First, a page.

Your 10 questions with Gianfranco Zola


  • Business
  • Saturday, 26 Feb 2011

Gianfranco Zola Ex-Chelsea football star answers ...

The game of football appears to be more about money and no longer about personal achievement, with Fernando Torres leaving for Chelsea and Arsenal's Nicklas Bendtner saying the players deserve the huge amounts of money they are paid. Was this the case when you were playing and what has changed since? Jack Ho, KL

There is a vast difference between the game now and during my time. We played under different conditions, where the value of the players were determined by the market. Football now is heavily involved in media and has great commercial value, making it a highly commercialised sport, causing it to skyrocket in terms of dollar and cents. In my opinion, the spirit of the game itself is far more valuable and important than the money. The main drive for a footballer should be the sport and the competition, and the joy of the game. There are a few that are driven by monetary value, but majority of the players I know are in it for the love of the game. Money is not the main reason why footballers are footballers.

Will you be coming down to Malaysia anytime soon? Eric Sam, Banting

In fact, I was in Malaysia on Tuesday and Wednesday (Feb 22 and 23) in conjunction with the launch of the Heineken UEFA Champions League (UCL) Trophy Tour. Malaysia is the first stop in this four-nation Asian tour. The tour will begin on Feb 26 and 27 at Sunway Pyramid, Petaling Jaya, and will move up north to Gurney Plaza, Penang, on March 5 and 6. The final display is at the Pavilion, Kuala Lumpur, on March 11 and 12. It's going to be an unforgettable experience for football lovers. The important idea behind it is to promote football, to promote the UCL in a good way. So, do not miss this rare opportunity to get up close and personal with the revered trophy. In the football industry or any industry for that matter, you need passion to succeed. It is events such as this that promotes this passion, and such events need to be well accepted.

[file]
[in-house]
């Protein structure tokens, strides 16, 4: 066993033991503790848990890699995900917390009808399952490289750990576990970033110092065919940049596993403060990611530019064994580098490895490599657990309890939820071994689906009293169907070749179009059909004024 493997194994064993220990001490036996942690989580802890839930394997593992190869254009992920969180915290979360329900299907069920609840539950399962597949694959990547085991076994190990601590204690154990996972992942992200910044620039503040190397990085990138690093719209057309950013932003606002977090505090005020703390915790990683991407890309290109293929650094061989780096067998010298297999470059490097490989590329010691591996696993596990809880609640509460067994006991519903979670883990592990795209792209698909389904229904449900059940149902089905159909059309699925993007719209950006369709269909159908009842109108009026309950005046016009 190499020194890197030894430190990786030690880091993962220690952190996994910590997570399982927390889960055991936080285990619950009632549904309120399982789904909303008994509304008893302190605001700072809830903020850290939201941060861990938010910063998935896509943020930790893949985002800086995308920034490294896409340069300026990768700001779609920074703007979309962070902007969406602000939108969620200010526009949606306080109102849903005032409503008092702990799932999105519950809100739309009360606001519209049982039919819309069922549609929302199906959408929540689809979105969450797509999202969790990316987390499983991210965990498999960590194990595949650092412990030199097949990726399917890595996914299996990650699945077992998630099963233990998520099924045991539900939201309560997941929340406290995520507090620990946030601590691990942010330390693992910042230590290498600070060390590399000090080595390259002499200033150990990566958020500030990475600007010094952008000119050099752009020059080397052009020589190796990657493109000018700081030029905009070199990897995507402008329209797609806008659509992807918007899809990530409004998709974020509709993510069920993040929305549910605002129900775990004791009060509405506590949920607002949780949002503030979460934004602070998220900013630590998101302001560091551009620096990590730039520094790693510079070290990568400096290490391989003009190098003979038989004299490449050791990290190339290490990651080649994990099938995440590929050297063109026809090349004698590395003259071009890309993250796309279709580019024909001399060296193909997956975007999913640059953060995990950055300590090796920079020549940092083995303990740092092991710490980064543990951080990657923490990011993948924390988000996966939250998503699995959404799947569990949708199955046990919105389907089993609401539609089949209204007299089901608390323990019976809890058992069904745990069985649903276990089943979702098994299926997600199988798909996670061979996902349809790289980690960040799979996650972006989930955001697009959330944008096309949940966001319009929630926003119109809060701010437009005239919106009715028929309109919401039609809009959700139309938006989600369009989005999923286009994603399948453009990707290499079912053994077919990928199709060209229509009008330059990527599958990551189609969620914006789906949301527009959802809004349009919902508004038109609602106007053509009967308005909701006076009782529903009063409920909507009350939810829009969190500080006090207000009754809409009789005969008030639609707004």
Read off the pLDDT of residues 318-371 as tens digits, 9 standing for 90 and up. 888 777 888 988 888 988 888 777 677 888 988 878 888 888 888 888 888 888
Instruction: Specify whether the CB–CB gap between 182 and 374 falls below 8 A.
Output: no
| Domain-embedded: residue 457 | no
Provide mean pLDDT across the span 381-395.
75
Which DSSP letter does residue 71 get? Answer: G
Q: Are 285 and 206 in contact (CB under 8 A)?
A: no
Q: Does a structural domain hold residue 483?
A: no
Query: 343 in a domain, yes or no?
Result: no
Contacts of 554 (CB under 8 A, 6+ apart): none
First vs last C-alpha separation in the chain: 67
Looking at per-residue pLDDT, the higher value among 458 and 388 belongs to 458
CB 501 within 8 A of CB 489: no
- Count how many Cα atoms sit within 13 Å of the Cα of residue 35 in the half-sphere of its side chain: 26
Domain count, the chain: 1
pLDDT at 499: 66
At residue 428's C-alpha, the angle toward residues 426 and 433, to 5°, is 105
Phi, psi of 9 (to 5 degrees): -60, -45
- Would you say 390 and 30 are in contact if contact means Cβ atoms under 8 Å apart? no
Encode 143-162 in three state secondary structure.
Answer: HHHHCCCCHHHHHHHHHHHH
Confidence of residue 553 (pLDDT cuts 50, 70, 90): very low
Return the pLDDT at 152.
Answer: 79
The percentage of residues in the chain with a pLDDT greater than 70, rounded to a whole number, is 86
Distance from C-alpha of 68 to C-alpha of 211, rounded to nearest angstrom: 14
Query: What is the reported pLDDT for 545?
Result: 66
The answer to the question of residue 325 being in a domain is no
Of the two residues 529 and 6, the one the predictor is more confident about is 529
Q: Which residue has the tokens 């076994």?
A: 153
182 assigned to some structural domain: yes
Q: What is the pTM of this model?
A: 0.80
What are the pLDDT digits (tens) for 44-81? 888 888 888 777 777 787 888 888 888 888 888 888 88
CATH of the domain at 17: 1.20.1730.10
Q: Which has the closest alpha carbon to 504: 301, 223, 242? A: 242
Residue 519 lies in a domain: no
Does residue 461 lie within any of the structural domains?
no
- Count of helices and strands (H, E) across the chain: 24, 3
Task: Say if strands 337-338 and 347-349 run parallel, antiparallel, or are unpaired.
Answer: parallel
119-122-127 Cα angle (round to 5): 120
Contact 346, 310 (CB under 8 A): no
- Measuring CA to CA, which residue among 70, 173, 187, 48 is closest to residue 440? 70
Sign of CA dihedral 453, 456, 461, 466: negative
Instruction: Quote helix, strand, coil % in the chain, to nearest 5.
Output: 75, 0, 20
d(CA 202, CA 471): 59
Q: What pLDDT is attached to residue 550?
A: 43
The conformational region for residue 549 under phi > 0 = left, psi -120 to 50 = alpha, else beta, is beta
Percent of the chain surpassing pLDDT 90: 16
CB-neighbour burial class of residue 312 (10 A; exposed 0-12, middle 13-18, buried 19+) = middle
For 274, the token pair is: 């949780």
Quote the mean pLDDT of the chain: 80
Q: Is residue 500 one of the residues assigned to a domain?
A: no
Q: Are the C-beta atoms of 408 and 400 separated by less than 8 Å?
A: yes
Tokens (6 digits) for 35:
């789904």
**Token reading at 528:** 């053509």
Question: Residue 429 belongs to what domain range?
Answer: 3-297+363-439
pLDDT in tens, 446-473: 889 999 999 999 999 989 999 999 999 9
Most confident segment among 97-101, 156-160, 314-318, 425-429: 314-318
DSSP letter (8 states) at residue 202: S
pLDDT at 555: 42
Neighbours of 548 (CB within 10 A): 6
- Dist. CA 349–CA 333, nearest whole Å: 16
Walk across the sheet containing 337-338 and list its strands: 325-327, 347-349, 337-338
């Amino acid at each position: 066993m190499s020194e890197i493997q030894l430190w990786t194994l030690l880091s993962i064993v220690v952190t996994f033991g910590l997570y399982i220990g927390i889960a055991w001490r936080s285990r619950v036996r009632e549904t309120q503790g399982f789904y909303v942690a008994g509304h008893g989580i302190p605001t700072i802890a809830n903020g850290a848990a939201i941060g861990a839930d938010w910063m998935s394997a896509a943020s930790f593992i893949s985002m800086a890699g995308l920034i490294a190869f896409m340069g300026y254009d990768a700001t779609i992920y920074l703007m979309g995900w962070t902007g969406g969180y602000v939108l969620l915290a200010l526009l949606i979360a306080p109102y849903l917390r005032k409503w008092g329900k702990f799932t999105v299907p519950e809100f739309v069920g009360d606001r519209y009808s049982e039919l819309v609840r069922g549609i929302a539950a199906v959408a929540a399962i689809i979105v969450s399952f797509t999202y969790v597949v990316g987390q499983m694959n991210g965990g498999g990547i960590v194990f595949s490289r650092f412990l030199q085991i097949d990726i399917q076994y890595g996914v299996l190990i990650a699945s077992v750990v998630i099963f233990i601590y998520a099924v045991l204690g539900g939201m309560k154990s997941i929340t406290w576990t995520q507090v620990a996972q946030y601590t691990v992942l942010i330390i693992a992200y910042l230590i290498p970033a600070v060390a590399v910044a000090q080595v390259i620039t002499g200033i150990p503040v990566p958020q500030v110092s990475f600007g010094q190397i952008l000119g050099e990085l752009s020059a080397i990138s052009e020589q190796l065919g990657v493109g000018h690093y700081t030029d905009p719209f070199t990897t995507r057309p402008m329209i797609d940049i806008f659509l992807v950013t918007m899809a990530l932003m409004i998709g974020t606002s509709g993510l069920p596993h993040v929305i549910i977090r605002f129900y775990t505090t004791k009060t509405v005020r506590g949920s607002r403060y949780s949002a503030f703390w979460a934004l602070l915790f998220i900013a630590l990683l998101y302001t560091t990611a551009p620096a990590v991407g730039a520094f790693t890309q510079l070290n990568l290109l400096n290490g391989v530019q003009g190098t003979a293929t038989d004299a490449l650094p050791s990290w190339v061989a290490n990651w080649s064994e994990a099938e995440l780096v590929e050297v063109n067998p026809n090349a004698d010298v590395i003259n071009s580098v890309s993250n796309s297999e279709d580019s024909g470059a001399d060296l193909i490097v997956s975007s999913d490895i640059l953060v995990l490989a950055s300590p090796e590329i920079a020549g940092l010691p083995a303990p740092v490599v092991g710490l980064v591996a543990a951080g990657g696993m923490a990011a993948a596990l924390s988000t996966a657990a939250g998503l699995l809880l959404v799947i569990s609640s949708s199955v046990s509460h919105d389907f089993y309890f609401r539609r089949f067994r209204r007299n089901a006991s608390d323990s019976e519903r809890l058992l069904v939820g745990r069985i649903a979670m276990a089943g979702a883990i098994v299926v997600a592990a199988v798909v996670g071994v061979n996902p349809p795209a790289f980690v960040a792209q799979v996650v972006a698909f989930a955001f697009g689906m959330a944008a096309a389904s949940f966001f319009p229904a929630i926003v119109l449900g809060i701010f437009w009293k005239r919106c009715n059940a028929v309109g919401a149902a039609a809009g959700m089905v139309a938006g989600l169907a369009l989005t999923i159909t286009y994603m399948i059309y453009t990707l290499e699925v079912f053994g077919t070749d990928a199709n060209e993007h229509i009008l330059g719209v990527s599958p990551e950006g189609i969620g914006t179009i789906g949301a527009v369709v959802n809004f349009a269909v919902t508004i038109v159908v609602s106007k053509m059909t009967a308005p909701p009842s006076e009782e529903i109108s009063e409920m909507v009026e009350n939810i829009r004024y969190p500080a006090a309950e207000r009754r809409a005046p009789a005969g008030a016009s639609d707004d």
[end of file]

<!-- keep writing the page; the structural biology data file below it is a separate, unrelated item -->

We have seen a lot of Asian players (Japanese and Koreans, in particular) breaking into the major European leagues. It is a trend that looks to continue in the near future. Do you think it's possible that Asians will one day become coaches in the major football leagues in Europe? Kelvin Jong, Kuching

I don't know the level of coaching the Asians go through before they're good enough to play for the European leagues, but they perform very well in the games. I see them coming into the European leagues in growing numbers as they have great quality and they all seem to possess a competitive edge. Hence, the reason why UEFA, together with Heineken, is bringing the UCL trophy to Asia again after four years. We see the passion for football growing rapidly in the region. For them to one day turn into coaches for major leagues in Europe is something I cannot comment on, as football coaching in Europe is a longtime football tradition with deep roots.

What were your regrets as a professional football player and what was your biggest achievement? Hasan Basri, KL